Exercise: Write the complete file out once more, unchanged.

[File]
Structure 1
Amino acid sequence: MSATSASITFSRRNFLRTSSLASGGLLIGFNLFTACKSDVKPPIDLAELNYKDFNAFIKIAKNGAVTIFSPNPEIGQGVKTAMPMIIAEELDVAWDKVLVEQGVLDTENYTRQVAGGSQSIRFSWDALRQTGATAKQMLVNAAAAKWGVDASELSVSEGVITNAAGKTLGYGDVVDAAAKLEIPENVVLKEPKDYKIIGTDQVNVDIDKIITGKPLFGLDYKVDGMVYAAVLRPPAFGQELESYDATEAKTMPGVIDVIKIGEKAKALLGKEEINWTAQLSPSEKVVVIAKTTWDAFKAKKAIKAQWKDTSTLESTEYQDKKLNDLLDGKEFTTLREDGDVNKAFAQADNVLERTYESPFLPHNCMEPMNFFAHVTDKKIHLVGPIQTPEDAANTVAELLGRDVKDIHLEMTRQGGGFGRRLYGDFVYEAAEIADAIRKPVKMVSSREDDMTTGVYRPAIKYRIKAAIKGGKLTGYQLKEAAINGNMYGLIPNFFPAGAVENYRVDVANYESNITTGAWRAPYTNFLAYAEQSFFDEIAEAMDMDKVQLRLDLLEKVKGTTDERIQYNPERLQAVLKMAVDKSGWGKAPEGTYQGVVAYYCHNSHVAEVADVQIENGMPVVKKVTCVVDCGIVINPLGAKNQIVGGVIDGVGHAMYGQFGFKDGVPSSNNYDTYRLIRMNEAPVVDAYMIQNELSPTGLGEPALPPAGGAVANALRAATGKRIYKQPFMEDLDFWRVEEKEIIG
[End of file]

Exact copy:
Structure 1
Amino acid sequence: MSATSASITFSRRNFLRTSSLASGGLLIGFNLFTACKSDVKPPIDLAELNYKDFNAFIKIAKNGAVTIFSPNPEIGQGVKTAMPMIIAEELDVAWDKVLVEQGVLDTENYTRQVAGGSQSIRFSWDALRQTGATAKQMLVNAAAAKWGVDASELSVSEGVITNAAGKTLGYGDVVDAAAKLEIPENVVLKEPKDYKIIGTDQVNVDIDKIITGKPLFGLDYKVDGMVYAAVLRPPAFGQELESYDATEAKTMPGVIDVIKIGEKAKALLGKEEINWTAQLSPSEKVVVIAKTTWDAFKAKKAIKAQWKDTSTLESTEYQDKKLNDLLDGKEFTTLREDGDVNKAFAQADNVLERTYESPFLPHNCMEPMNFFAHVTDKKIHLVGPIQTPEDAANTVAELLGRDVKDIHLEMTRQGGGFGRRLYGDFVYEAAEIADAIRKPVKMVSSREDDMTTGVYRPAIKYRIKAAIKGGKLTGYQLKEAAINGNMYGLIPNFFPAGAVENYRVDVANYESNITTGAWRAPYTNFLAYAEQSFFDEIAEAMDMDKVQLRLDLLEKVKGTTDERIQYNPERLQAVLKMAVDKSGWGKAPEGTYQGVVAYYCHNSHVAEVADVQIENGMPVVKKVTCVVDCGIVINPLGAKNQIVGGVIDGVGHAMYGQFGFKDGVPSSNNYDTYRLIRMNEAPVVDAYMIQNELSPTGLGEPALPPAGGAVANALRAATGKRIYKQPFMEDLDFWRVEEKEIIG